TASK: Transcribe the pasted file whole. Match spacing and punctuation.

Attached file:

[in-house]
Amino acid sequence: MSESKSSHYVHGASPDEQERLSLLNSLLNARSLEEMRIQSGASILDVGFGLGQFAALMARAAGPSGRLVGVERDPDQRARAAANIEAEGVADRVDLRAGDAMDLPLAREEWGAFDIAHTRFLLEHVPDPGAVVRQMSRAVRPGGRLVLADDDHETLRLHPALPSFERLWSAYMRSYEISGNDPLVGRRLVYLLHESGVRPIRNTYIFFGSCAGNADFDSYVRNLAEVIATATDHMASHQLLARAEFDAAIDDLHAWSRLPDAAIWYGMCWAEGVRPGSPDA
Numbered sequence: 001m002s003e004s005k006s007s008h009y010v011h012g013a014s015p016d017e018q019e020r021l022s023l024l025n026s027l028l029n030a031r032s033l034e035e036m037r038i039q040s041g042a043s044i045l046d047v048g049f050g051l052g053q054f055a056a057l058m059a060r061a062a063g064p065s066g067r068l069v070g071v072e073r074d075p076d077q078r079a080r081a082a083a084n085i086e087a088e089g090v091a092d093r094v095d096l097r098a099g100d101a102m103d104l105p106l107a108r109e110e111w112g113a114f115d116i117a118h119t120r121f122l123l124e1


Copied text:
[in-house]
Amino acid sequence: MSESKSSHYVHGASPDEQERLSLLNSLLNARSLEEMRIQSGASILDVGFGLGQFAALMARAAGPSGRLVGVERDPDQRARAAANIEAEGVADRVDLRAGDAMDLPLAREEWGAFDIAHTRFLLEHVPDPGAVVRQMSRAVRPGGRLVLADDDHETLRLHPALPSFERLWSAYMRSYEISGNDPLVGRRLVYLLHESGVRPIRNTYIFFGSCAGNADFDSYVRNLAEVIATATDHMASHQLLARAEFDAAIDDLHAWSRLPDAAIWYGMCWAEGVRPGSPDA
Numbered sequence: 001m002s003e004s005k006s007s008h009y010v011h012g013a014s015p016d017e018q019e020r021l022s023l024l025n026s027l028l029n030a031r032s033l034e035e036m037r038i039q040s041g042a043s044i045l046d047v048g049f050g051l052g053q054f055a056a057l058m059a060r061a062a063g064p065s066g067r068l069v070g071v072e073r074d075p076d077q078r079a080r081a082a083a084n085i086e087a088e089g090v091a092d093r094v095d096l097r098a099g100d101a102m103d104l105p106l107a108r109e110e111w112g113a114f115d116i117a118h119t120r121f122l123l124e1